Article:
Remembering the Life and Legacy of Valerie Harper


After a 10-year battle with cancer, the beloved actress, wife, mother and advocate passed away at 80.

Valerie Harper came into the homes and hearts of fans in the 1970s as Rhoda Morgenstern and, in recent years, served as an inspiration for many patients with cancer. Harper died on Aug. 30, after a 10-year battle with cancer. She was 80 years old.

Diagnosed with lung cancer in 2009, she lived cancer-free for five years before learning in 2013 that the disease had spread to the meninges (the membranes surrounding the brain) — a condition known as leptomeningeal carcinomatosis. Harper was told she had months to live, but targeted therapy kept the disease at bay for years. “I was supposed to be dead in three months, so you don’t quiver when it’s been two years and two months,” she told CURE® in a 2015 sit-down interview.

With the time she had, Harper advocated for more cancer research funding, especially for the brain cancer community, and raised awareness of lung cancer risk through her work with the advocacy group LUNG FORCE.

In 2015, she lent her time and voice to two special CURE® programs — the Extraordinary Healer® Award for Oncology Nursing and GBM Heroes® — as the keynote speaker. "Valerie Harper was a passionate advocate for innovation in cancer treatments," said Pritesh Shah, chief commercial officer at Novocure, a global oncology company working to extend survival in some of the most aggressive forms of cancer, and sponsor of GBM Heroes®. "Her positive spirit and outlook on life, especially throughout her time with cancer, was remarkable. We are grateful for her contributions in advocating for advancements in cancer treatments."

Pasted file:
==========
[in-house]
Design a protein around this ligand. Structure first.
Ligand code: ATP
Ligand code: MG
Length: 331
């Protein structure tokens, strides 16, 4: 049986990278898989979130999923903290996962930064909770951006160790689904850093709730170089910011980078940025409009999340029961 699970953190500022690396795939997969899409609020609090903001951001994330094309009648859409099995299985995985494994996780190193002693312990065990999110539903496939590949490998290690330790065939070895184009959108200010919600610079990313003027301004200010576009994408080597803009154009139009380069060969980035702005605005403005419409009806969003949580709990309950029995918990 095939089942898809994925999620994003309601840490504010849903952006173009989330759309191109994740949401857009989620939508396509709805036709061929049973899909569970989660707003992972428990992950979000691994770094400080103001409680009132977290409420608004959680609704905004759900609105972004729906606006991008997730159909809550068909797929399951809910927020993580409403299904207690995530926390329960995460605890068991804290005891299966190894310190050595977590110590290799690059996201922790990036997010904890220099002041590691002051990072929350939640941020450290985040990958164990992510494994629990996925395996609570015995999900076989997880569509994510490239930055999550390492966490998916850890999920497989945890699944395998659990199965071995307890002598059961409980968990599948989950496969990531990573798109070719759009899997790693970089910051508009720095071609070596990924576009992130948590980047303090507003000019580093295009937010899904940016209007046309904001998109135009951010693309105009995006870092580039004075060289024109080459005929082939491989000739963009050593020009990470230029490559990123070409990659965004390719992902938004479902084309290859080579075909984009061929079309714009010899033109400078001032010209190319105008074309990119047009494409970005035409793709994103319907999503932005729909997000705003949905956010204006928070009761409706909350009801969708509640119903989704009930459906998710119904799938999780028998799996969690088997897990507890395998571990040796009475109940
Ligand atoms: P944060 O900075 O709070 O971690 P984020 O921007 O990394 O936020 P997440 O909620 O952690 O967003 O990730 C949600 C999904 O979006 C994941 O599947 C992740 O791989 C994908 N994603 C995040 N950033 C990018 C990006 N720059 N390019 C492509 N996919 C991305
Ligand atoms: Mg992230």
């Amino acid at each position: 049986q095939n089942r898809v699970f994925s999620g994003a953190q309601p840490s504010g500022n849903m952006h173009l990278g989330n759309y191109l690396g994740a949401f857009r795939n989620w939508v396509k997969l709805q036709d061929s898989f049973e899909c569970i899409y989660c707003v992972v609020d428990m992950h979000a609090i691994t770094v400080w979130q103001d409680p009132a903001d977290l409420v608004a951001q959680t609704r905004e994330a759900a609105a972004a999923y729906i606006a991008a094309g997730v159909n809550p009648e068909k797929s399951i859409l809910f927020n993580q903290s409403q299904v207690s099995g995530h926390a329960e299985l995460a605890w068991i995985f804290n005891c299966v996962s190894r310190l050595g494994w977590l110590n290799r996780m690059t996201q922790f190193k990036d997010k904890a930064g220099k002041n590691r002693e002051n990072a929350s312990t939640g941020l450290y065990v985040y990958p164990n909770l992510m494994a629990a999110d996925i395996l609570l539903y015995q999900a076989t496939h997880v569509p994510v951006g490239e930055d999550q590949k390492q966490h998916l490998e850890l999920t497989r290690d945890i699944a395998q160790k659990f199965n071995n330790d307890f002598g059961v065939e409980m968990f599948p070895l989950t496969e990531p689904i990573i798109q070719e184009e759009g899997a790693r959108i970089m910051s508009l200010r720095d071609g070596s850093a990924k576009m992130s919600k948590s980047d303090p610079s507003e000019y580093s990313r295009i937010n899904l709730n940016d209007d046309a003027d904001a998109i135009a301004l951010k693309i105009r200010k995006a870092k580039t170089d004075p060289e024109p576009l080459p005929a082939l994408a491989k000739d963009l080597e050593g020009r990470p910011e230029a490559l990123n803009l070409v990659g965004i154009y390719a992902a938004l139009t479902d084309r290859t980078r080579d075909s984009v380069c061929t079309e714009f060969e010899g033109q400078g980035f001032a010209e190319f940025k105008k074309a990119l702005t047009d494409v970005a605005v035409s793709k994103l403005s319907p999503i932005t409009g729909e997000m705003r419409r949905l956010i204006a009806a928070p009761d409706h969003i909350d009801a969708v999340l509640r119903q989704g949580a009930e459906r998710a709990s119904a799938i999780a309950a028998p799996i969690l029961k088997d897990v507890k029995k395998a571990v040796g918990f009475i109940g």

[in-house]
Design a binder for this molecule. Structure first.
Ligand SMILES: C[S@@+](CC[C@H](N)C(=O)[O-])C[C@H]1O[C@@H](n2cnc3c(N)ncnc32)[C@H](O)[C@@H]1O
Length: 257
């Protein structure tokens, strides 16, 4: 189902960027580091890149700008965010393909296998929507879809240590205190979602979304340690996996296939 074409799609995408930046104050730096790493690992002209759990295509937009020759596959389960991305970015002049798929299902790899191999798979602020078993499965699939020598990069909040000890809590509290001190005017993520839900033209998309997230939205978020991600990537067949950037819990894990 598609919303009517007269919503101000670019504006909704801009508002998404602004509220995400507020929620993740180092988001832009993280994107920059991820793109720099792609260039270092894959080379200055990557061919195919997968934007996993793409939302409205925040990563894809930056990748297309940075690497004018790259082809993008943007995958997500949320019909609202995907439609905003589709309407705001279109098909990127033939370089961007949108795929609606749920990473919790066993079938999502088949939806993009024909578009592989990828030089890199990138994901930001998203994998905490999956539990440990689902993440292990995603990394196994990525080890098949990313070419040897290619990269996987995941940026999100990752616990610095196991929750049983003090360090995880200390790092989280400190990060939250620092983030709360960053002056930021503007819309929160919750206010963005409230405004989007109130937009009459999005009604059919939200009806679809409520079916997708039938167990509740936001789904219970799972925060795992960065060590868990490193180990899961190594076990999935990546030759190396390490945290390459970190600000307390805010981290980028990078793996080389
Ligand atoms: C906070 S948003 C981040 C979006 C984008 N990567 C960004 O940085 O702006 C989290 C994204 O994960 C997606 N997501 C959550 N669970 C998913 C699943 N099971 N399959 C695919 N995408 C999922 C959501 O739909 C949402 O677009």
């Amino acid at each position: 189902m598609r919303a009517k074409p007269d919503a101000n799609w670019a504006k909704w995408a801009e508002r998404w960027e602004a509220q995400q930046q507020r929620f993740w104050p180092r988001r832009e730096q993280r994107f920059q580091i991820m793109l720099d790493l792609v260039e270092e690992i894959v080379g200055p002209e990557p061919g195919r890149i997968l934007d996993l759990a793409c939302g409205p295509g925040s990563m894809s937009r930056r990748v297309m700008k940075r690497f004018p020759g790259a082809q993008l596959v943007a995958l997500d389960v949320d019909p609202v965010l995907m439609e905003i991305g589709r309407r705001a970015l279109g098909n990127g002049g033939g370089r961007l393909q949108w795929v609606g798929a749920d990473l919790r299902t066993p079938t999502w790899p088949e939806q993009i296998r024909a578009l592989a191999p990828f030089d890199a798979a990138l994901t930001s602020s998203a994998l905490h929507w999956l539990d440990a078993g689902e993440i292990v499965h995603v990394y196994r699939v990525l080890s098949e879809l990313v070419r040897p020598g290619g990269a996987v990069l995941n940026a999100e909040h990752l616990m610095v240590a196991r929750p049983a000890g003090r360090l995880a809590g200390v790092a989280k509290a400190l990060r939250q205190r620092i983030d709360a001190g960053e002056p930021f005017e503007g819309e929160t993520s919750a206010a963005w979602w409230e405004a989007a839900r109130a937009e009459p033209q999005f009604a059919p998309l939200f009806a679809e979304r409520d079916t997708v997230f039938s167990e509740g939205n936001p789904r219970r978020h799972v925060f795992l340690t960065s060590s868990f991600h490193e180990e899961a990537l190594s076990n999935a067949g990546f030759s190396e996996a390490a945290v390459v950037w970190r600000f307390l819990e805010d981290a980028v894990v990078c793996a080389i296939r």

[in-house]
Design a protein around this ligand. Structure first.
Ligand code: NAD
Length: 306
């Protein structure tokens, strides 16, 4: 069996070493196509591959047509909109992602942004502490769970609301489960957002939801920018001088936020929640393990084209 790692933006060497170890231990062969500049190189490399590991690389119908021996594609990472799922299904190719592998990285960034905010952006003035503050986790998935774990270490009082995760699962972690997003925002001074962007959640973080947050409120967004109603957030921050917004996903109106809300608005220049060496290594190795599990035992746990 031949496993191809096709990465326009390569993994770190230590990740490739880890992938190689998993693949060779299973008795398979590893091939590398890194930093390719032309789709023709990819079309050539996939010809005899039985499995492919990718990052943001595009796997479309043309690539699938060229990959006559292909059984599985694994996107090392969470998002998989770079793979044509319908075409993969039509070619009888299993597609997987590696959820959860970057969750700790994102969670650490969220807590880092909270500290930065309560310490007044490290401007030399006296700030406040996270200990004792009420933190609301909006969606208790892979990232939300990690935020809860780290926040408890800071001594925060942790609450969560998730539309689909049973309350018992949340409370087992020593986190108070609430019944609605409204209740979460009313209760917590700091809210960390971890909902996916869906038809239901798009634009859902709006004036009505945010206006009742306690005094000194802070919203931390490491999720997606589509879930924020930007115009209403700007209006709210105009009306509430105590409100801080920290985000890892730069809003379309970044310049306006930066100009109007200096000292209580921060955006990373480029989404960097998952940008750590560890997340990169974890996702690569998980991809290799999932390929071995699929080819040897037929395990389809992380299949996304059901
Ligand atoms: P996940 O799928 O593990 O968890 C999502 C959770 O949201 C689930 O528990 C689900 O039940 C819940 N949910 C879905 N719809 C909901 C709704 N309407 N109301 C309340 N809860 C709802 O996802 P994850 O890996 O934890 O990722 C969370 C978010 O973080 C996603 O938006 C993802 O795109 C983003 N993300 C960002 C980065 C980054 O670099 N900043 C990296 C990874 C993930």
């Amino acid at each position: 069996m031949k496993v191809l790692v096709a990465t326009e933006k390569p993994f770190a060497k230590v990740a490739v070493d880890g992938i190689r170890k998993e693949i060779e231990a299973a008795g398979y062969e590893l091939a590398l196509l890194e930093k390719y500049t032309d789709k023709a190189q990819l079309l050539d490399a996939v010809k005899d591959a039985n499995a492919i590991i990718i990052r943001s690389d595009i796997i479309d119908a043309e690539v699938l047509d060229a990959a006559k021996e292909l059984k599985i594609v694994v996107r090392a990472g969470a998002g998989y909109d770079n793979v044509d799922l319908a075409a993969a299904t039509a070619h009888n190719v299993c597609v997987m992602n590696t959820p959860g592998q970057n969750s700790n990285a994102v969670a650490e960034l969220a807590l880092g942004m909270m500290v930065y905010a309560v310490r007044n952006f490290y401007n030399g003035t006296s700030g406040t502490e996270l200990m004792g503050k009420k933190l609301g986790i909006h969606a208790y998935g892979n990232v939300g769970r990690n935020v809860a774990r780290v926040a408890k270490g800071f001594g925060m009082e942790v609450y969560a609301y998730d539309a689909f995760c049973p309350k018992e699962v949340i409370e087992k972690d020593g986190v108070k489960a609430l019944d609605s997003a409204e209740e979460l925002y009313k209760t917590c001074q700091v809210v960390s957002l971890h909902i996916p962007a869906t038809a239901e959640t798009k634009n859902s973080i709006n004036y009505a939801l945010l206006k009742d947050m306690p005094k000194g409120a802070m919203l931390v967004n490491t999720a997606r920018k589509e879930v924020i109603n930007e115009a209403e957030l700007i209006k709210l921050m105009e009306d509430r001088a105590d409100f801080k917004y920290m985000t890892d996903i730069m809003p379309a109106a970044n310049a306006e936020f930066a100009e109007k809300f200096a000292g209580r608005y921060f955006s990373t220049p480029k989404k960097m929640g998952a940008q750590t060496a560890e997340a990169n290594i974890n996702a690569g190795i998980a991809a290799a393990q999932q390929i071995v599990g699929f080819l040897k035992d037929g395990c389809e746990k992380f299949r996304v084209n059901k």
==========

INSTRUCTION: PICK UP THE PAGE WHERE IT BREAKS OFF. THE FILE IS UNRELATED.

The Extraordinary Healer® ceremony honors oncology nurses across the country for going above and beyond in caring for their patients. GBM Heroes® reflects on the commitment of health care providers, caregivers and patients who live each day to help change the outcome for those diagnosed with the rare and deadly brain cancer.

“If the nominees from this award find my story inspiring, I’m thrilled,” Harper said. “They are the inspirers. They are the people who took years, months, weeks and every day of their life to confront what was facing them.”

Born on Aug. 22, 1939, in Suffern, New York, Harper was the daughter of a lighting salesman and a nurse. She got her start in show business as a dancer and chorus girl on Broadway, performing in several shows, before being cast as Rhoda Morgenstern for the 1970s sitcom “The Mary Tyler Moore Show.” Her character was the best friend to Mary Richards, played by Moore. Harper then starred in the spin-off series “Rhoda” from 1974 to 1978. For her role, she won four Primetime Emmys.

Harper was a beloved wife, married to Tony Cacciotti for 32 years. They have a daughter Cristina Cacciotti, who confirmed her mother’s death but did not disclose where she died.

In recent months, Harper’s health had started to decline with her devoted husband announcing in July that he decided not to mover her into hospice care despite recommendations from her health care team. A GoFundMe campaign was also created to help ease the financial burden of treatment costs.

Through CURE®’s programs, many people in the cancer community had the opportunity to talk with Harper and hear her story firsthand. “I remember meeting Valerie and her husband, Tony, for the first time at GBM Heroes while representing the EndBrainCancer Initiative. While looking into her bright eyes and her generous smile, feeling her love for life! During her brain cancer fight, Valerie taught the world to embrace and share life with others while fighting this disease,” said EndBrainCancer Initiative president and chair Dellann Elliott Mydland, who lost her husband to brain cancer.

“I know she encouraged others to not only donate support to end brain cancer but also to further research so that one day there will be a cure for this disease. Thank you, Valerie, for inspiring all of us in the brain tumor community every day and know that you will forever be in our hearts. We fight for you and all of the many brain tumor patients in the world every day.”

In a message to CURE® readers, Harper encouraged those living with cancer to “stay fighting and continue on this amazing path of new ideas for treating and conquering cancer.”

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